March 21, 2012 | Dutch
Help from Hans
Without more Pimsleur Dutch lessons available, I have been having a hard time developing my oral skills.
Having raced through the paltry available supply of 30 Dutch Pimsleur lessons, I am left largely to my own devices—meaning my grammar books—to help me add to my store of Dutch. When you don’t have regular oral practice, it is sometimes hard to figure out how to pronounce things.
Done with Basic Dutch, on to Intermediate!
The sound of ui in Dutch words, for example, has been difficult. Then I suddenly came across an old e-mail from Jessica Sicard, a fellow language lover and graduate student with whom I exchanged messages last year when she was working on her Master’s thesis in the Netherlands.
Back on April 25, 2011—so months before I began Dutch—she advised me on the Dutch g and also told me: ”[A] key to succeeding in Dutch is the ui sound, as in how we would say ow in English, but with one minor addition that makes a major difference: press your tongue against your bottom teeth when saying ow to get the ui. This little bit of knowledge has transformed my Dutch.” I stored this away for future reference and came across it again almost a year later, just when I needed it most.
So true! I tried out her recommendation, and all of a sudden my ui was so much more right in the world! Thank you, Jessica, for your advice. Even though I have an inexplicable and ill-advised aversion to breaking my pronunciation down into biomechanical steps, it is clearly helpful to listen to tips about tongue placement and other anatomically related details.
I have been e-mailing and Facebook-messaging my Dutch-speaking friends, with whom I have previously always communicated in English, in growing chunks of Dutch. In my current state, I can compose humble little messages in Dutch for the first go-through, but then I have to run to dictionaries and grammar books and Google Translate to help me make additions and corrections.
(People interested enough in language to read this blog entry probably already know this, but just in case: do NOT use Google Translate to translate your English unless you don’t value the outcome. It is useful as a way to check details of what a thinking human brain has already produced, not as a way to create new and literate copy.)
Recently a lot of my study time has been spent trying to figure out whether I am pronouncing things wrong, and the gap between my grammatical knowledge and my ability to deploy it in conversation is growing. I find it very, very distracting to look at a Dutch sentence on a page and not be reasonably certain about all the sounds. Dutch is phonetic, after all! I need more practice.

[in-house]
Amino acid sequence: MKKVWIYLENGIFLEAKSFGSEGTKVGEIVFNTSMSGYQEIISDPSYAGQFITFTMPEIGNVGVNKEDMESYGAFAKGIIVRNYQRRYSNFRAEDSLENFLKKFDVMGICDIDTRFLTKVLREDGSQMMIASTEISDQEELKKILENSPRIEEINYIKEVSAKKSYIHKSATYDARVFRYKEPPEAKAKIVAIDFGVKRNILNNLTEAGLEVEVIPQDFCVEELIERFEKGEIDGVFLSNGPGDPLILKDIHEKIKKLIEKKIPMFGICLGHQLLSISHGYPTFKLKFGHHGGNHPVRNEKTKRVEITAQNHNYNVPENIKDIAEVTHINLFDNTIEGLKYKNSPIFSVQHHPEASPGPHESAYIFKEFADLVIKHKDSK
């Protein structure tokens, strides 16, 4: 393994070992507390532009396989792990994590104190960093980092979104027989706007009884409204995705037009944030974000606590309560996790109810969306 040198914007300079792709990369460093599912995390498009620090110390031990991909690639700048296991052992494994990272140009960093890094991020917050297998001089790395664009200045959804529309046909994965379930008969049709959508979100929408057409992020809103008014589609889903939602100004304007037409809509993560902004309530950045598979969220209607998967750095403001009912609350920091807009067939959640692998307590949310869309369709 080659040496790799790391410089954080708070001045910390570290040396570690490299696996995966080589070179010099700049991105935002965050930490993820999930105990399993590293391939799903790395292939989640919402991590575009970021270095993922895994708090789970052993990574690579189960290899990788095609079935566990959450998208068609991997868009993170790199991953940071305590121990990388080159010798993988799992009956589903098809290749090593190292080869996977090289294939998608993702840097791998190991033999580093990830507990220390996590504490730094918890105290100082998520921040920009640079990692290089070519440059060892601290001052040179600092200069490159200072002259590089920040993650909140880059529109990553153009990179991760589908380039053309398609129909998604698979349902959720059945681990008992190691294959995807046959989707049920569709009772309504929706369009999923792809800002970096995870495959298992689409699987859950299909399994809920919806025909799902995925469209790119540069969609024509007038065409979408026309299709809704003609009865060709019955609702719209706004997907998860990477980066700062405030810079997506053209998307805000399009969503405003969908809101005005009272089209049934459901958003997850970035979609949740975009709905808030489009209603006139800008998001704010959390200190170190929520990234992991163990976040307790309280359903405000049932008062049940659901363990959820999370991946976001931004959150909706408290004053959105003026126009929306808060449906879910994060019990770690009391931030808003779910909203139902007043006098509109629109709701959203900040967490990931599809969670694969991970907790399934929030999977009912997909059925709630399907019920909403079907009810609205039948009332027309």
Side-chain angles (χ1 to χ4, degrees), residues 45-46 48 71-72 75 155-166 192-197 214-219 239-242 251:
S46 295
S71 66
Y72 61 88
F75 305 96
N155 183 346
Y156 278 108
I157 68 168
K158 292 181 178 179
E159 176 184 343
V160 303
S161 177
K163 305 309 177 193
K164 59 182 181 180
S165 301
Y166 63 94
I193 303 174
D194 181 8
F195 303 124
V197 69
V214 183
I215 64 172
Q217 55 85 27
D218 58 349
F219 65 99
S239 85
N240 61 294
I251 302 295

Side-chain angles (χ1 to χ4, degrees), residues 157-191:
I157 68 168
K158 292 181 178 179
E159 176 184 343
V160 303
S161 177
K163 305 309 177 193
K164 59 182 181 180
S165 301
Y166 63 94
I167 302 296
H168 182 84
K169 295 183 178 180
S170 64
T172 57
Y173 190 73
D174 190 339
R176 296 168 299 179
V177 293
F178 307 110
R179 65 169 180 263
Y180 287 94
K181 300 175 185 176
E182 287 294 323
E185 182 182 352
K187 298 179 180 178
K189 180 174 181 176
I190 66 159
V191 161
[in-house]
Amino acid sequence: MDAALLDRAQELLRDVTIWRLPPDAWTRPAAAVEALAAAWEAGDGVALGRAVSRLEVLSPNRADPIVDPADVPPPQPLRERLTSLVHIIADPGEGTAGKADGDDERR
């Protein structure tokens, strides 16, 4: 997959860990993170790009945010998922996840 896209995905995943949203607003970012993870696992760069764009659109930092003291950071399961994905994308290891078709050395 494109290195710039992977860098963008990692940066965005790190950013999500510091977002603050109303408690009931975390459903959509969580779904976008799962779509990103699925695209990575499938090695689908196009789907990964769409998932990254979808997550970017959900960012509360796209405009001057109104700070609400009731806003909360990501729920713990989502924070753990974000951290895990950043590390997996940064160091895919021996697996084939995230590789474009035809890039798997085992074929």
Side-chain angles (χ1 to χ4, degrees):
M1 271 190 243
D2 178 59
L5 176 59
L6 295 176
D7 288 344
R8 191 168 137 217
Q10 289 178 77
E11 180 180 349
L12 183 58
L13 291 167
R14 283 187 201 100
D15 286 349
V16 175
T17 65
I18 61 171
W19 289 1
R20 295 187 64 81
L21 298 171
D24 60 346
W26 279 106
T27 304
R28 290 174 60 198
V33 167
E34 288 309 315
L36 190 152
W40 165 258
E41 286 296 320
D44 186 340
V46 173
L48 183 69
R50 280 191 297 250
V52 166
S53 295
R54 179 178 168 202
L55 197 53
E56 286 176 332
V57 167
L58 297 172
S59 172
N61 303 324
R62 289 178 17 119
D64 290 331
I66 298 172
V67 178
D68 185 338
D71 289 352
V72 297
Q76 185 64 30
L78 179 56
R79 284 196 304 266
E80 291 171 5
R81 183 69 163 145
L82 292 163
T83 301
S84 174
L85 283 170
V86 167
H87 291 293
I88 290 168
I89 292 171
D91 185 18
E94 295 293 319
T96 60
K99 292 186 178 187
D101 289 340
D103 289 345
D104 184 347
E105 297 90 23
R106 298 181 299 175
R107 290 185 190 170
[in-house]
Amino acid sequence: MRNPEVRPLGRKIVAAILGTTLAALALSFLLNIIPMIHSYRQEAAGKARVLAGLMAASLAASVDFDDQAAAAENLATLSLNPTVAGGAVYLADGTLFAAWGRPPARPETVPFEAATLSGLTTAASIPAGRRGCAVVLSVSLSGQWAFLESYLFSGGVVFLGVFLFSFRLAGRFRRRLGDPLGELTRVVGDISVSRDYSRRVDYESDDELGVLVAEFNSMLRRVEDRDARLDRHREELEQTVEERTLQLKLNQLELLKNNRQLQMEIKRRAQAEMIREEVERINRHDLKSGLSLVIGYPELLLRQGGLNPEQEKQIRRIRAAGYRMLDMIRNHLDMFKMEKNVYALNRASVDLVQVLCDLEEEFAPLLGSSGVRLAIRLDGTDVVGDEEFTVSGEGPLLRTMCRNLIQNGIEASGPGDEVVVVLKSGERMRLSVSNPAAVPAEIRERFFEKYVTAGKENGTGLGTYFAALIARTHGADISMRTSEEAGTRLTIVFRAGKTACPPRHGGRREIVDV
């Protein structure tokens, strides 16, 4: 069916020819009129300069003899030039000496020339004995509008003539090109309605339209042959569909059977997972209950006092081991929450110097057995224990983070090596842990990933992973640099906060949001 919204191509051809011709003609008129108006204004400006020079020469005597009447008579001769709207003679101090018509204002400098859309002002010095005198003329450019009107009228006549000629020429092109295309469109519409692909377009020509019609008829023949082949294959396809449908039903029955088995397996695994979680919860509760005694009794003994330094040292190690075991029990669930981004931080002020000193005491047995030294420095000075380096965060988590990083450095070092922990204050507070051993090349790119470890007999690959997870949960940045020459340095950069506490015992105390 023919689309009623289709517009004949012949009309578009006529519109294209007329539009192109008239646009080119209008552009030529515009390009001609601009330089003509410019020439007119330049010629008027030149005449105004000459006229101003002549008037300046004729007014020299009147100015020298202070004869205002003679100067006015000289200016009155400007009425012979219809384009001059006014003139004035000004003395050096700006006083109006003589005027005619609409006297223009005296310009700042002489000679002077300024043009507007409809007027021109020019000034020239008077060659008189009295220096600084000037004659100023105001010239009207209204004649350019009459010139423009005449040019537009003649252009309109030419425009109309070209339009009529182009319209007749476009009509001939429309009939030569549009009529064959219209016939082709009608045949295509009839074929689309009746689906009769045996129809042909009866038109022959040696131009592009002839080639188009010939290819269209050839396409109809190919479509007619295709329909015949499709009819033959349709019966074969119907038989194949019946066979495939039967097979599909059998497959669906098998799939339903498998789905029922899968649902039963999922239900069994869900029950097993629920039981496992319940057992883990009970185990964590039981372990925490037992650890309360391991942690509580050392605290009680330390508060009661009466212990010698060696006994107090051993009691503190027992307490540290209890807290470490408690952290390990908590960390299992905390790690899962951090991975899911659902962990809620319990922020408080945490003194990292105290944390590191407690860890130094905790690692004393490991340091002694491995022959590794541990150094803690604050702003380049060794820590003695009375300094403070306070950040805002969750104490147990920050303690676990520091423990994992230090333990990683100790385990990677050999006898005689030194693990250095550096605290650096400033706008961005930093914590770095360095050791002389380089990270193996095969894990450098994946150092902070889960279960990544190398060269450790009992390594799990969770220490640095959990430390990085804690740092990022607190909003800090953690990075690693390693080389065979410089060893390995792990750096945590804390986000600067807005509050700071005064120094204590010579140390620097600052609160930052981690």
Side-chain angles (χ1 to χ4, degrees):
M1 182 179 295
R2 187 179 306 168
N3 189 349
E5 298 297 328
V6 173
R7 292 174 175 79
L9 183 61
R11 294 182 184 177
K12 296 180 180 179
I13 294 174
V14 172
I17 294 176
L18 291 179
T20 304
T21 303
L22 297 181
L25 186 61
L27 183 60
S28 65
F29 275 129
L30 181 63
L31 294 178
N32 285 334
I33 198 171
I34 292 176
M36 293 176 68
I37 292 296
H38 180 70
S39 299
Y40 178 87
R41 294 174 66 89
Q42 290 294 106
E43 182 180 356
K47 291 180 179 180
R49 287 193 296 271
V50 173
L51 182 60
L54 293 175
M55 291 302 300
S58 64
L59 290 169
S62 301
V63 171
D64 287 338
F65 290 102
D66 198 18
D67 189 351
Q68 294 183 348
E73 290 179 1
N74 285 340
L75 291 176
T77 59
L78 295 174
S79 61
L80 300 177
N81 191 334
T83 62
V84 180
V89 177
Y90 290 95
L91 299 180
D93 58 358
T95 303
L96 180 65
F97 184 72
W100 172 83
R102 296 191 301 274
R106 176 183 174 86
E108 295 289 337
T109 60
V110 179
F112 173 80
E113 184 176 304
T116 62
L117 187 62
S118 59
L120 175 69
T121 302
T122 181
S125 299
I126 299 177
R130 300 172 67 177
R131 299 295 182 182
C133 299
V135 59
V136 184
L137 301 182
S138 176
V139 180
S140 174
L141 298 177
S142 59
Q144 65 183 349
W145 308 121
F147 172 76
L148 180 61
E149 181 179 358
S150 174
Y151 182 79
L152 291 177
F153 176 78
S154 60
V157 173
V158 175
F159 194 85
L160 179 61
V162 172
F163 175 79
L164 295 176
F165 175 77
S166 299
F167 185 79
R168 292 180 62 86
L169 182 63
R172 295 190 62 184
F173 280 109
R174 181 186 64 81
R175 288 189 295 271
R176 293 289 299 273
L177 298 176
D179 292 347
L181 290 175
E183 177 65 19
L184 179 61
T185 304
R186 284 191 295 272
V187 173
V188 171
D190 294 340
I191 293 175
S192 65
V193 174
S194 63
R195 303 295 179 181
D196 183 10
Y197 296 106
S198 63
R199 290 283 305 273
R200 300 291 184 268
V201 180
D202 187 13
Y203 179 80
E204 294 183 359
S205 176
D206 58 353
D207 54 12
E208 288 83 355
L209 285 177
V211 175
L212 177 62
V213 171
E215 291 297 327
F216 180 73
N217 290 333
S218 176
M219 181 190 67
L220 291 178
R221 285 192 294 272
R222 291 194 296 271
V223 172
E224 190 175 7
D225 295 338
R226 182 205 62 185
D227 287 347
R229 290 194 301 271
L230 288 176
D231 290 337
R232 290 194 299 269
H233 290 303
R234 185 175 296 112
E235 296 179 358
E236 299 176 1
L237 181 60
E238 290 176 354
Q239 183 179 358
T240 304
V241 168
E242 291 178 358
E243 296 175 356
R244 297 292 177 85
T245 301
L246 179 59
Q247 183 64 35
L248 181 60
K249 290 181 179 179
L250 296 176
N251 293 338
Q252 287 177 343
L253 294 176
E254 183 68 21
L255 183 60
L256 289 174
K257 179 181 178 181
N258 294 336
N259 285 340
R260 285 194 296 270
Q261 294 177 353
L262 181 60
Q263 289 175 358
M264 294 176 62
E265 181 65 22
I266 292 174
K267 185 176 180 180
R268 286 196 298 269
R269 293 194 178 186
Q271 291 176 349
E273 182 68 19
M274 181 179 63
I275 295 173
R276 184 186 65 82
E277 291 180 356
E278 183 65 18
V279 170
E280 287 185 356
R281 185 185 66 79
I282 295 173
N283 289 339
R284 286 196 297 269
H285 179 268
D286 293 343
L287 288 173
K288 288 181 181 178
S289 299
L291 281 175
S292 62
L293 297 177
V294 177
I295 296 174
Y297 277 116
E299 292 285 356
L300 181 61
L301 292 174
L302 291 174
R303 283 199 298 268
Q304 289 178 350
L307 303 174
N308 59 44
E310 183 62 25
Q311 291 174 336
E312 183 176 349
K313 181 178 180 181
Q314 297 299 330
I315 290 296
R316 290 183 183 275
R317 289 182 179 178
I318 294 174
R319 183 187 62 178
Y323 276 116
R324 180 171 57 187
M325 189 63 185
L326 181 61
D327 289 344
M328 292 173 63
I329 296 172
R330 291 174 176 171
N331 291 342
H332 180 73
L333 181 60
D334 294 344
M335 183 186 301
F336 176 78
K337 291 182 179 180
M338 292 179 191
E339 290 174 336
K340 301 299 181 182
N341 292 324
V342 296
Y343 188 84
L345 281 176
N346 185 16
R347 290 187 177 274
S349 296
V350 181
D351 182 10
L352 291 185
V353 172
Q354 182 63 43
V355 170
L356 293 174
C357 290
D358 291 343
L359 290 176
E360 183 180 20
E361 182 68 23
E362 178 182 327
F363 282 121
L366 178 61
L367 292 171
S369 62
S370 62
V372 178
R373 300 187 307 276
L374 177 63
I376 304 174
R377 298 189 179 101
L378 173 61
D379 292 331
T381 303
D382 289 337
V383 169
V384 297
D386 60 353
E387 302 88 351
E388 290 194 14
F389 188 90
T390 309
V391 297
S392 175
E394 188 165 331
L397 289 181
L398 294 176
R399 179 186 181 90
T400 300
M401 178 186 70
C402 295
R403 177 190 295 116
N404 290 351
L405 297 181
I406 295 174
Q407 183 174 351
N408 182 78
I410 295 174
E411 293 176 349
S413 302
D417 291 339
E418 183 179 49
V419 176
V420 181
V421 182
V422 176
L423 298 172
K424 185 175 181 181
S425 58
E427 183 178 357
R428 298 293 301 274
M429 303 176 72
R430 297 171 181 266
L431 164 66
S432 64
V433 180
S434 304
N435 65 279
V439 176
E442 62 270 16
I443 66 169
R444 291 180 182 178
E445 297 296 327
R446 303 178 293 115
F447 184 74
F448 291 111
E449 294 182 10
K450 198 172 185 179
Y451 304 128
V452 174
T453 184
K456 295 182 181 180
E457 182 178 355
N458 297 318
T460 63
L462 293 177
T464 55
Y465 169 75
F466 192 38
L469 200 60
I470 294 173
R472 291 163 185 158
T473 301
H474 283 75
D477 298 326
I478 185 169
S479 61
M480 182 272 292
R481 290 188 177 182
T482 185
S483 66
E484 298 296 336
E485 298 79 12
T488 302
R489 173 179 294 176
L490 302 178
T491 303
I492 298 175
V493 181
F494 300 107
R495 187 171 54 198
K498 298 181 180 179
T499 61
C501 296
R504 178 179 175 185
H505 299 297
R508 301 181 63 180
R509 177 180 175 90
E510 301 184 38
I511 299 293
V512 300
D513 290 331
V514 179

Miscellaneous weird pronunciation-related things keep slowing me down. For example:
- I have had to devote a ridiculous amount of time and mental energy to replacing my hard German g with the more amorphous, softer, and considerably juicier-sounding Dutch g. This is an issue in particular with all the Dutch past participles that so closely resemble the German past participles but don’t sound much like them.
- Annoyingly, I keep misreading the word jullie (meaning “you”), at least when it is capitalized at the beginnings of sentences, as the name Julie.
- Apparently I sent an e-mail to a Dutch friend with the word hoed instead of goed. To me they sound awfully alike, but goed means “good” and what I sent means “hat.”
Studying in silence exacerbates problems like these. So I was relieved when a nice New York City-based Dutch friend of mine, a talented artist named Hans Broek, agreed to meet with me to converse. I was also a little nervous, because no matter how hard I study, I always feel very conscious of not having done more.
Hans and I met at Aroma, the coffee shop where I used to hang out a lot to eavesdrop on Hebrew conversations.
It was an unseasonably warm day, so we sat outside…and conversed…in actual Dutch! Ultimately we drifted back to English when we were speaking about a rather complicated political situation in Holland, but before that we each issued numerous Dutch sentences, and responded to each other in Dutch, and it was in fact very encouraging.
It is interesting: when you are dealing with a language whose grammar and writing system are familiar to you, it really is possible to move silently acquired grammar skills straight into real life. At least I find it possible. I can store things in my brain that I’ve never said, and then produce them in a real-life situation. Not with the greatest ease, necessarily, but they are not wholly unavailable to me.
I mention this because language-learning types often dismiss grammar exercises as a way to build conversational skills, but before my meeting with Hans, I had had only two or three previous encounters where I got to practice Dutch at all, and even then only minimally. Talking to Hans, I really was not totally unhappy with my conversational skills. I mean, they were nowhere near what I had acquired in Italian in a similar amount of time (I was often studying all day long with Italian and had 90 Pimsleur lessons to work with), but it went better than I had expected, and Hans himself seemed impressed.
I don’t think he was just being polite!
So thank you, my dear Hans! I mean, dank je wel!
There is something so special about starting to be able to communicate with someone in his or her native tongue—I mean someone whom you have known for a while but to whom you have never before spoken in anything but English. I really, really (really!) enjoy it.